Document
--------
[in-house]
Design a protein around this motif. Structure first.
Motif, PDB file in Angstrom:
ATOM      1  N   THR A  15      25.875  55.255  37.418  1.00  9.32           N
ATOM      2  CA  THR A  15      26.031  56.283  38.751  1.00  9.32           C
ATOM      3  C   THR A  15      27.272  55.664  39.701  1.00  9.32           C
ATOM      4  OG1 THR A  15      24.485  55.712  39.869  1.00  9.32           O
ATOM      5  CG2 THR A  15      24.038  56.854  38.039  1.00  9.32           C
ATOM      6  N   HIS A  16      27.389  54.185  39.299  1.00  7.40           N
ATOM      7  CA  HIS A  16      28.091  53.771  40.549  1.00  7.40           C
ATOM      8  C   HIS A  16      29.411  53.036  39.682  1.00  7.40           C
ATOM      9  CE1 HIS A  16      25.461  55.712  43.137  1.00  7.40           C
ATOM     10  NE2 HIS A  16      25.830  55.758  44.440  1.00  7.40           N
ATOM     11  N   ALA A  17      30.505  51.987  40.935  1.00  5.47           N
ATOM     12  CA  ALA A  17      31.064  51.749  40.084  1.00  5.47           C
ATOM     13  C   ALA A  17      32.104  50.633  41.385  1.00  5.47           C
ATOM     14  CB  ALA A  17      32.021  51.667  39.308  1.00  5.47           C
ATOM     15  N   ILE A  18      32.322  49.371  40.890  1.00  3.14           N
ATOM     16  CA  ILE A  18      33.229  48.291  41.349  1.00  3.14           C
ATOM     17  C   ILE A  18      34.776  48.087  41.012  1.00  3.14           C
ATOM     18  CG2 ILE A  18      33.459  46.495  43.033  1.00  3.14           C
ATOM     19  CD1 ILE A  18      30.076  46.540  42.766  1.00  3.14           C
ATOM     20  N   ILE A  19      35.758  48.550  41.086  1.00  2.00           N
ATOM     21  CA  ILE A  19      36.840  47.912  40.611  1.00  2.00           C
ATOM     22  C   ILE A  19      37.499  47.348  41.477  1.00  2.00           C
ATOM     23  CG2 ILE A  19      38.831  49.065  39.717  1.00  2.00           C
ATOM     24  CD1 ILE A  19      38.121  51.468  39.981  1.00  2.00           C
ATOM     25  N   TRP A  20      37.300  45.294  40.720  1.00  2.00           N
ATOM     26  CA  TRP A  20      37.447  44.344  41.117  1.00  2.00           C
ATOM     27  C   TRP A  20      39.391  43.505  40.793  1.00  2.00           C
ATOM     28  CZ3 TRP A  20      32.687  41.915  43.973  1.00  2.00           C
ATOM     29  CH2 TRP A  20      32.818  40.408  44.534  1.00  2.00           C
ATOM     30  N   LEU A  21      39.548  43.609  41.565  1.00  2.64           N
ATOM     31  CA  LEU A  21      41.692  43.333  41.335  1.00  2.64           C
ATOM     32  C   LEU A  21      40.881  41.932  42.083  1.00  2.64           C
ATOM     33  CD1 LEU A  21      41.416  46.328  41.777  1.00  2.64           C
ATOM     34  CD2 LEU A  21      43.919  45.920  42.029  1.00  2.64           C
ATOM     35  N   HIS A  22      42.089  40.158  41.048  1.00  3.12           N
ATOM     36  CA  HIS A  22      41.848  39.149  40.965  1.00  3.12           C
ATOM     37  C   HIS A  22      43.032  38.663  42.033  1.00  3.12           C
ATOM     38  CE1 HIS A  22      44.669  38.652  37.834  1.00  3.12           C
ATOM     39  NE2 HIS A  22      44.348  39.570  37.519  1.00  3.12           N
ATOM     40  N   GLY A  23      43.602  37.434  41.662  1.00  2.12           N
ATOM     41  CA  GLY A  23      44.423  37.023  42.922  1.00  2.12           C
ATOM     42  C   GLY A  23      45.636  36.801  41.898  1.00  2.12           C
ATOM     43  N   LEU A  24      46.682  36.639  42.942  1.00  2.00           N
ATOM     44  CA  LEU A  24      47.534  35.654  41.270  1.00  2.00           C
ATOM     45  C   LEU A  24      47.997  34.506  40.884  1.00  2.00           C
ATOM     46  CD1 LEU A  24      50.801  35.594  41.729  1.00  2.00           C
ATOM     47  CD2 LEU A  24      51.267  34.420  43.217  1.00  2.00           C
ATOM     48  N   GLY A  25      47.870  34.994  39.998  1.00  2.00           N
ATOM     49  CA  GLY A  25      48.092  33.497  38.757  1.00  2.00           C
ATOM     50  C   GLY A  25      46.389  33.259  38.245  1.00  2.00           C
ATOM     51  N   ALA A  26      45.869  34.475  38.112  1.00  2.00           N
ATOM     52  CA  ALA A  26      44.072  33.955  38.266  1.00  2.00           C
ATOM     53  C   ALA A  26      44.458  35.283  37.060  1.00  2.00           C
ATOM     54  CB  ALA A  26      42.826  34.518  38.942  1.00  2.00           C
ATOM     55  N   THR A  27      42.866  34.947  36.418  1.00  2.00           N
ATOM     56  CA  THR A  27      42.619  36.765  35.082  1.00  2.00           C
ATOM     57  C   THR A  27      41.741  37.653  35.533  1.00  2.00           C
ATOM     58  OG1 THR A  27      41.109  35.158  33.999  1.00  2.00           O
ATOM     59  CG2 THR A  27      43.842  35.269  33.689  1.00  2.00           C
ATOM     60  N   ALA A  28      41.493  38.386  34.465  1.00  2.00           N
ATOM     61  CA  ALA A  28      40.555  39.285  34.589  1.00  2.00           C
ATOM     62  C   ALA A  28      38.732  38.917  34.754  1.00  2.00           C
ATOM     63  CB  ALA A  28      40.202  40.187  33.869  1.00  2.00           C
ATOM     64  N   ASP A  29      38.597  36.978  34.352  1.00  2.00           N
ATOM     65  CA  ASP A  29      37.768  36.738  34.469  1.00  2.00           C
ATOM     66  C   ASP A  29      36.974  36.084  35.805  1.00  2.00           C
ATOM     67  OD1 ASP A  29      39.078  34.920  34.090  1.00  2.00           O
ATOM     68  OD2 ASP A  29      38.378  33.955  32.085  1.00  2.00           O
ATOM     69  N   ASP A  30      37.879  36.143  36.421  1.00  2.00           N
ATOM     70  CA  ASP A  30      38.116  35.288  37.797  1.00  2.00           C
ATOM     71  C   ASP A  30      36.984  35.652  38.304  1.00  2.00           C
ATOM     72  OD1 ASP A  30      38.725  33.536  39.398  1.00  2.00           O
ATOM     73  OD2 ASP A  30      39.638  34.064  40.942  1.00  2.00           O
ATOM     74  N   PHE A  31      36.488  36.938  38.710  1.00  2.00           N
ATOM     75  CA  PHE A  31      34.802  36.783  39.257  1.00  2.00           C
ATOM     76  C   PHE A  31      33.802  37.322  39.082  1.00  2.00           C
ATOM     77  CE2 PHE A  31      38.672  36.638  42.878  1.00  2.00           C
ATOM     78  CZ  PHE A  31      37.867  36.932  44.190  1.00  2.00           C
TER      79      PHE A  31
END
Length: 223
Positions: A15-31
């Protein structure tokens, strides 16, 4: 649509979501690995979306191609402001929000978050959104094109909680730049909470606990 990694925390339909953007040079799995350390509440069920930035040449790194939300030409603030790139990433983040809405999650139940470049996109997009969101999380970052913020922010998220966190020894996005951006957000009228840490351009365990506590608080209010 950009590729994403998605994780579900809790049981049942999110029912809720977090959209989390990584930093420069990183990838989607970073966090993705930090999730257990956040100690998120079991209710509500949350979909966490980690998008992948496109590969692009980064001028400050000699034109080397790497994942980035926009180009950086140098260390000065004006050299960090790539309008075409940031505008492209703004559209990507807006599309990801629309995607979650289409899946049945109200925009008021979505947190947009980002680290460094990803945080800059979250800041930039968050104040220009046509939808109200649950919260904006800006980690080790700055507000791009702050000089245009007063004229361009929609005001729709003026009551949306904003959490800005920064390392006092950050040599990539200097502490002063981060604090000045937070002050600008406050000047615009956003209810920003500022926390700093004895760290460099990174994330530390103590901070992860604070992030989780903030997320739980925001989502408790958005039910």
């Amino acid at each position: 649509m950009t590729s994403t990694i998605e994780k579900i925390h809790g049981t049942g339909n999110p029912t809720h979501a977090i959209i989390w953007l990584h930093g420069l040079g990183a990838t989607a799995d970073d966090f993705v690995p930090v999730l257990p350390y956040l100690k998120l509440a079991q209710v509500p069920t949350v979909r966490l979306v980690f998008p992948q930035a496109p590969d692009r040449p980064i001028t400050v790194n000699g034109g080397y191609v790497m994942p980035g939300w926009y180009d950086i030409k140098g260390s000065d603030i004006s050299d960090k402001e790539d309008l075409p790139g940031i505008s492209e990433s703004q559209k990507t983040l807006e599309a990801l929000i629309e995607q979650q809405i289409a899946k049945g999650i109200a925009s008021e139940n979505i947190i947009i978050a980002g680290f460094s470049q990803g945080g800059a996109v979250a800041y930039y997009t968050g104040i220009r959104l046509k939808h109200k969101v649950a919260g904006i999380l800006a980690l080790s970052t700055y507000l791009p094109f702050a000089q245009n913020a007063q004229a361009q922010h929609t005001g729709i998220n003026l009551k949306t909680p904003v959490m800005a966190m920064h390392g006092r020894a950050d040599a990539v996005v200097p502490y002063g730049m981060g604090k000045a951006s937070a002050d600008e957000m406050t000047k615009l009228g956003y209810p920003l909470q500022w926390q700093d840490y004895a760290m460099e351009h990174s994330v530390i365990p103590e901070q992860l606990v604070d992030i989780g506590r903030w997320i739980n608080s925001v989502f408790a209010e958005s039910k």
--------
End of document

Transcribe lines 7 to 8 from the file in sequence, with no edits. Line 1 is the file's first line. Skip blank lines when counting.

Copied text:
ATOM      4  OG1 THR A  15      24.485  55.712  39.869  1.00  9.32           O
ATOM      5  CG2 THR A  15      24.038  56.854  38.039  1.00  9.32           C